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The Marriage of Faith: Christianity in Jane Austen and William Wordsworth
Product Code: H844
Binding Information: Hardback
Availability: In stock.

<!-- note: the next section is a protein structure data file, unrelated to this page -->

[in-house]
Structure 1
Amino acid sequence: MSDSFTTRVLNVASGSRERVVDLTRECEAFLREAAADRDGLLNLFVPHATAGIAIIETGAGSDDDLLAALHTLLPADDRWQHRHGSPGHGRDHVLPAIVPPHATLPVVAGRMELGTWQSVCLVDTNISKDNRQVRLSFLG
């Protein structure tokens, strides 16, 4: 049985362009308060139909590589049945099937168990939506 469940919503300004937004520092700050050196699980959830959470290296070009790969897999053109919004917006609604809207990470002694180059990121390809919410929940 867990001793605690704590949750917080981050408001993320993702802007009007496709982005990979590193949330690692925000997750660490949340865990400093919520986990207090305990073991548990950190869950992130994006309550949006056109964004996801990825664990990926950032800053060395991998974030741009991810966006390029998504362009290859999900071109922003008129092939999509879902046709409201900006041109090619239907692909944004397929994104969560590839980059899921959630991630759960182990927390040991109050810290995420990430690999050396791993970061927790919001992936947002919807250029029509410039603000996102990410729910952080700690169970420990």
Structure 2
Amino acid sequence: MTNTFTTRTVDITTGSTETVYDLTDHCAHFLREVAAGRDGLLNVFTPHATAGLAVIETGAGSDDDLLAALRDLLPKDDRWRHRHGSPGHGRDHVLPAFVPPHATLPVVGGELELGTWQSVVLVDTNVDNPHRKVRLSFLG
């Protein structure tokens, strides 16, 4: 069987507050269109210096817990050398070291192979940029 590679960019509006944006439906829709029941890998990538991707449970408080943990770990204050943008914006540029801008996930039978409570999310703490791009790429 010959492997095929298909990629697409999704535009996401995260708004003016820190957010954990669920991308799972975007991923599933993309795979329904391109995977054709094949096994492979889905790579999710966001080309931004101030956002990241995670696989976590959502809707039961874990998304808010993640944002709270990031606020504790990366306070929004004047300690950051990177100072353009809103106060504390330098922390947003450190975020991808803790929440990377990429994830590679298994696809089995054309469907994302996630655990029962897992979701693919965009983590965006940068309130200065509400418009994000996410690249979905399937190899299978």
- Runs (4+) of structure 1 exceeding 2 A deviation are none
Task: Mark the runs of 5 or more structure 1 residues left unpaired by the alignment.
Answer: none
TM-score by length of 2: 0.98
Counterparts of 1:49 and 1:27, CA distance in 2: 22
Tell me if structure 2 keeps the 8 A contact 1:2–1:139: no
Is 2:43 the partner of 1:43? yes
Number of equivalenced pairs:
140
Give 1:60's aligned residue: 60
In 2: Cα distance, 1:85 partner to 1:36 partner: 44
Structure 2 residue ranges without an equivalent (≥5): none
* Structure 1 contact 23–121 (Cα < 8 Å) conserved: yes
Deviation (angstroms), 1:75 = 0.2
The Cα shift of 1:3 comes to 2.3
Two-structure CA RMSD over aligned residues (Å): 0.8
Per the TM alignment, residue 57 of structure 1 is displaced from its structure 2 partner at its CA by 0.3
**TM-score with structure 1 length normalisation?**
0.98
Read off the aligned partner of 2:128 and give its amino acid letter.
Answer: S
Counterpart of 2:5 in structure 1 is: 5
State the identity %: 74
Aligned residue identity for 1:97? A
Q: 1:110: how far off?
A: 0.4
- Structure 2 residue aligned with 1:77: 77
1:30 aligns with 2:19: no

Near its heart, English Romanticism—across many writers—acknowledges and celebrates a community that is not just secular but that derives meaning from a religious association and, in fact, a particularly defined religion, that is, Anglican Christianity. William Wordsworth and Jane Austen, premier English Romantic poet and novelist, were baptized, confirmed, and buried (and for Wordsworth, married) in conformity with the Church of England. Of course, Wordsworth’s commitment flagged in his twenties, but with marriage and responsibility came respectability and parishioner status. However, most twentieth-century critics interpret these writers’ works outside the Christian realities with which their lives were much imbued, except for late Wordsworthian poems from his purported decline into conservative politics and religion and evident poetic senility. Jane Austen did not live long enough to have a late decline, but critics have nonetheless overlooked her faith. It is not necessarily the surface of her writing, but Christianity is unquestionably the sea out of which her characters arise, her plots bubble up, and her themes unfold. It was her and their reality. Notwithstanding this negative or blind critical precedent, Laura Dabundo highlights what most readers are conditioned to disregard, the ways in which the church saturates the writing of Wordsworth and Austen. The Church of England’s liturgy has traditionally been based on Scripture, which these writers would have known. This book, then, links their faith to their works.